After Weber State's Damian Lillard scored 36 points to tie a career high against Saint Mary's last week, Gaels coach Randy Bennett could only laugh as he joked his team did a good job by holding the star guard to under 40 points.
Lillard became the nation's scoring leader after that performance, and in his next outing, San Jose State couldn't stop him from pouring in 41 points in a double-overtime win for Weber State.
Jimmer Fredette won college basketball's scoring title last season, and now in the driver's seat to win it is another player in the state of Utah. This one doesn't get nearly as much recognition.
Lillard after winning the Big Sky MVP as a sophomore was sidelined for much of the season as a junior with a season-ending foot injury that forced a medical redshirt.
Lillard spent the time not only recovering from the injury, but getting better, according to the Salt Lake Tribune.
Yet if running and jumping were out, lifting weights and watching videotapes were in. Lillard spent four or five days a week in the weight room and considerable time in the film room, studying all 71 games he had played for the Wildcats. The results are noticeable.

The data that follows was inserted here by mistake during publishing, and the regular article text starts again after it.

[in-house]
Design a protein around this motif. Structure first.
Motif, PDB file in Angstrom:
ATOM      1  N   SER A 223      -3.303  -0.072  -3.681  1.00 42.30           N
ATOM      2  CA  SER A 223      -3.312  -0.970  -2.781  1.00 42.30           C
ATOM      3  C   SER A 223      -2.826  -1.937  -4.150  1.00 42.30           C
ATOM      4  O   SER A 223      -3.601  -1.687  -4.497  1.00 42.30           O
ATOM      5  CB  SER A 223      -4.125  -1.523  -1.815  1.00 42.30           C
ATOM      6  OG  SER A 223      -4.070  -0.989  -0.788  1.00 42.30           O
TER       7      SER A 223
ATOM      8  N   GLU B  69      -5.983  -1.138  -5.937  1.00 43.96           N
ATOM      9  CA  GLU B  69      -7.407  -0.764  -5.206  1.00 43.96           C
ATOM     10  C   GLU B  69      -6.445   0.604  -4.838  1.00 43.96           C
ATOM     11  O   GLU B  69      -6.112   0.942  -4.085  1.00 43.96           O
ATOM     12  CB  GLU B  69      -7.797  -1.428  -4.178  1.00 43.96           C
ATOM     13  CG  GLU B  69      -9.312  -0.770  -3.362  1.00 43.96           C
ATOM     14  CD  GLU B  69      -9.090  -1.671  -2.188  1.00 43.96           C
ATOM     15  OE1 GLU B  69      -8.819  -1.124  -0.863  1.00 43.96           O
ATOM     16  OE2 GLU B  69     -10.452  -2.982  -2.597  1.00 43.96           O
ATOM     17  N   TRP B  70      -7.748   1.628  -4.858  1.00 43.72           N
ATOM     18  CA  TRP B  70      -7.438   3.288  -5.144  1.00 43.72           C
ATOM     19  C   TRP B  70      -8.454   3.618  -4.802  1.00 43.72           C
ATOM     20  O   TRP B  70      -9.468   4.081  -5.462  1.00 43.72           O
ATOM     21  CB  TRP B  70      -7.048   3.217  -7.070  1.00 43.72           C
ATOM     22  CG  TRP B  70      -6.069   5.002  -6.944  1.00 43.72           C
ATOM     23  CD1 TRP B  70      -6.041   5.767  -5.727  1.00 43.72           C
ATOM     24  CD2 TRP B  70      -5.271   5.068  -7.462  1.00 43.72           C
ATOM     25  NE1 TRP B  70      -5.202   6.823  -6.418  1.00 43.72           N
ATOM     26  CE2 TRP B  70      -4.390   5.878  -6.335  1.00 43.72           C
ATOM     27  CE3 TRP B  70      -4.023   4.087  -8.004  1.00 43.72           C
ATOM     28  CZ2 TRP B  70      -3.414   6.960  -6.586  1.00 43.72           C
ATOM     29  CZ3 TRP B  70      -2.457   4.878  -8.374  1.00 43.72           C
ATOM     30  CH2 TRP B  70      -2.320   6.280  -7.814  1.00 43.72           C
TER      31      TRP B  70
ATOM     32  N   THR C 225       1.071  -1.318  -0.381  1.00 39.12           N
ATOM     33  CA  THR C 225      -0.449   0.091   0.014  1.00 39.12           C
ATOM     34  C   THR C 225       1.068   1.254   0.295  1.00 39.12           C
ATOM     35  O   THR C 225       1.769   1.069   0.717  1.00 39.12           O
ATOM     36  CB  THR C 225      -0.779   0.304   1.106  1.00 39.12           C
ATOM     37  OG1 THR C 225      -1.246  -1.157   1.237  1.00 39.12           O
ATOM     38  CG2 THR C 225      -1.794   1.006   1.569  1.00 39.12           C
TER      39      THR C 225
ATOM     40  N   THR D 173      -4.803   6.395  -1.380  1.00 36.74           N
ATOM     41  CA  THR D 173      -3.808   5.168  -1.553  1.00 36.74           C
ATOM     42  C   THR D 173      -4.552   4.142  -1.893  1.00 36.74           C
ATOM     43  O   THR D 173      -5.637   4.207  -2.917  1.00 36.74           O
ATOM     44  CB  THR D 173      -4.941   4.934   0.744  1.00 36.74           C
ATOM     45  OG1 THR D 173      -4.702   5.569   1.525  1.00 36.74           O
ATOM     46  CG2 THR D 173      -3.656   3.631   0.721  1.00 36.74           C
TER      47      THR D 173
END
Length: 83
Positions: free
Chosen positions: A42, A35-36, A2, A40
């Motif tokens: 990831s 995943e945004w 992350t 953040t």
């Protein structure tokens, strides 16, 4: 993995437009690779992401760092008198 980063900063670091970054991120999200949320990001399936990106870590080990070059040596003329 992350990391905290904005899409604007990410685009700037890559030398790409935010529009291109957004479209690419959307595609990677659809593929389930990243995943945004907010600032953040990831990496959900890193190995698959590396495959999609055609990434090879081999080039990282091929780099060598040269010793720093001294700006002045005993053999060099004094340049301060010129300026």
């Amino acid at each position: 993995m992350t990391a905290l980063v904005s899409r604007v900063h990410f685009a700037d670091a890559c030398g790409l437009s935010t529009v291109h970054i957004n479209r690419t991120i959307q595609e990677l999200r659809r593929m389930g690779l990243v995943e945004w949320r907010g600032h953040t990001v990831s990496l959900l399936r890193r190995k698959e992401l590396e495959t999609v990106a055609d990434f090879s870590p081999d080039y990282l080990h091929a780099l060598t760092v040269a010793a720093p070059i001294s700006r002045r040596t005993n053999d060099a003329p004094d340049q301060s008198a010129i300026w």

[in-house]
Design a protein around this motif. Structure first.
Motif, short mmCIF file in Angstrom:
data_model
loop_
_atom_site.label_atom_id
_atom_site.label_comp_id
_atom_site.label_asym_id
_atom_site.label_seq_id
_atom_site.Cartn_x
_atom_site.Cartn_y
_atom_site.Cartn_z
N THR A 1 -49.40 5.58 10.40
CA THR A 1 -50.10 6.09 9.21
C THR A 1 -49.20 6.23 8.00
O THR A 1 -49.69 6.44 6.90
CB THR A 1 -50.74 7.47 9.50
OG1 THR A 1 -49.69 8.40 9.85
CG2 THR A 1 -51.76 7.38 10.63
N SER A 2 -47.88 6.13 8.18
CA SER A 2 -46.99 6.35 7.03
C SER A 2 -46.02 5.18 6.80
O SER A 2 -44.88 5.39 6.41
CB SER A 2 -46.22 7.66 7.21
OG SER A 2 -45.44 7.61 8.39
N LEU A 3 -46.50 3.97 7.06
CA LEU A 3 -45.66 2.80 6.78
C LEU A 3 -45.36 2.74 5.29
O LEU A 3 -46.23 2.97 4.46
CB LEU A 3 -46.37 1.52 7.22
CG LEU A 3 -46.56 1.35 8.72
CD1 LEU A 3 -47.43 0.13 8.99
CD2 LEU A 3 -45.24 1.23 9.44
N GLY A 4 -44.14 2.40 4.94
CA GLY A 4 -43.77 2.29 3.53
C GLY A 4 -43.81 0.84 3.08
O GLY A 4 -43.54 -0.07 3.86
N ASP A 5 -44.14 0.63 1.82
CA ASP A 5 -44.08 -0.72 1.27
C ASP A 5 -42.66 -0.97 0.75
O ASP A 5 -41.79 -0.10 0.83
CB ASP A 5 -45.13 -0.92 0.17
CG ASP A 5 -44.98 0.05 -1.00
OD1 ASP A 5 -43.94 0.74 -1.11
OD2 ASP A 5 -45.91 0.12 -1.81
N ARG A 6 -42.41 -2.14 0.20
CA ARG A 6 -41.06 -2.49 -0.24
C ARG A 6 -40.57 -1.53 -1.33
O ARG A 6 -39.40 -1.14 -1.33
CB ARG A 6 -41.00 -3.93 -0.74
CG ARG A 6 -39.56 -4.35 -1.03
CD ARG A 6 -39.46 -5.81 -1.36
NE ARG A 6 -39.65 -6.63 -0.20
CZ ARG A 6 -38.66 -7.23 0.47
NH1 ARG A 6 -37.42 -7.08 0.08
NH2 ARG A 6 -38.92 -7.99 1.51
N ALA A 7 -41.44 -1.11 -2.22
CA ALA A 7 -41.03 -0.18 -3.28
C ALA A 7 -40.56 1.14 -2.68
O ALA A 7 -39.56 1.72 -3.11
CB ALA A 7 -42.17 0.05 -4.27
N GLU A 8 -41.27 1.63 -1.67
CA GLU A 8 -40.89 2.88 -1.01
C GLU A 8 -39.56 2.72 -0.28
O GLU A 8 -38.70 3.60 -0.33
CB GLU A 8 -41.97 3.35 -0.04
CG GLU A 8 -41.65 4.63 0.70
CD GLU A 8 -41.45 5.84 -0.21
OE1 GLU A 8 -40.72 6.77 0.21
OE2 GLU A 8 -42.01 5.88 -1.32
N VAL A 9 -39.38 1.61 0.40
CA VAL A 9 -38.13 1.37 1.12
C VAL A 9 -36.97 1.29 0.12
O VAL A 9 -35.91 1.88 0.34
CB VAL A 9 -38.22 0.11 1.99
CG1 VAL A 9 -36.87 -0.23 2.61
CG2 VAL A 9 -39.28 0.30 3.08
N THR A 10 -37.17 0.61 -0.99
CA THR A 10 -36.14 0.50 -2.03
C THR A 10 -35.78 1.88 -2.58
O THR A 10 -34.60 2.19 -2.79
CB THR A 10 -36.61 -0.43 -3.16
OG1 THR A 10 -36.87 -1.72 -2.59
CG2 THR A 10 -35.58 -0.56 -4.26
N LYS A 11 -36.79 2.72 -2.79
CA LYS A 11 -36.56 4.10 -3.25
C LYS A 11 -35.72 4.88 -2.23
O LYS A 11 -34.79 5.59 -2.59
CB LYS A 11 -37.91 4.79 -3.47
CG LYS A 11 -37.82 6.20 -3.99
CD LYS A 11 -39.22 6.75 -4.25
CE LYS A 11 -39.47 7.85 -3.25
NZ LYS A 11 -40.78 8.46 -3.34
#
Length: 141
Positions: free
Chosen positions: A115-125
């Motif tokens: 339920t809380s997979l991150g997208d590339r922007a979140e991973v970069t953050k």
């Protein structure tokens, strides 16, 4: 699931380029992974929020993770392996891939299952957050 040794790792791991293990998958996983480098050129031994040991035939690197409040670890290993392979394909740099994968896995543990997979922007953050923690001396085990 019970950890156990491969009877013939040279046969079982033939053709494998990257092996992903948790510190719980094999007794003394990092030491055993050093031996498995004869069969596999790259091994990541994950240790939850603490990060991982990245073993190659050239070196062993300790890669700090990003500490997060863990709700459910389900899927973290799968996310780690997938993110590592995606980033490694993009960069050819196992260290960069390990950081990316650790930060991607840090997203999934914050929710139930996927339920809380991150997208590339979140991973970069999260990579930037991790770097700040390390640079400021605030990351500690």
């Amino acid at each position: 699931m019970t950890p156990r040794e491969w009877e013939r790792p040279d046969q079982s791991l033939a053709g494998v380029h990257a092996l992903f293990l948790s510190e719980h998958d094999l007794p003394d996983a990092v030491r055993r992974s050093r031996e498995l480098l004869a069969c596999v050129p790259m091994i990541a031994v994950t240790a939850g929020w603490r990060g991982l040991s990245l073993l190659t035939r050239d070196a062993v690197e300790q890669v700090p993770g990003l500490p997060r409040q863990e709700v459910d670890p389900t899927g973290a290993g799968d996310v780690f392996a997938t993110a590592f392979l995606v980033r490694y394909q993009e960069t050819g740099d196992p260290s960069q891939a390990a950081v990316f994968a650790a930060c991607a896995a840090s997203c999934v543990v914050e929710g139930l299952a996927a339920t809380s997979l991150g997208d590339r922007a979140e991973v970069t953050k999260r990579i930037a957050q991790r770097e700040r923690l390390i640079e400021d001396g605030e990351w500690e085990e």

Besides Lillard’s becoming much stronger, "His basketball IQ has increased dramatically," said senior forward Kyle Bullinger.
So now that Lillard is averaging 28.2 points per game, Weber State is off to a 5-1 start, and the second coming of Harold Arceneaux has arrived in Ogden, Lillard knows not to let any of this get to his head.
"When your teammates are in your ear, it's great that they have trust and confidence in me," Lillard told the Salt Lake Tribune. "I don't want the 41 points to overshadow the small things."
"He scored tonight, but he's more than that," Bennett, who recruited Lillard coming out of high school in Oakland, told reporters after the Saint Mary's game. "He can pass, too. He can make plays for others. He can find open guys. He knows the looks, the rolls, the throwbacks. He's a good player, a really good player.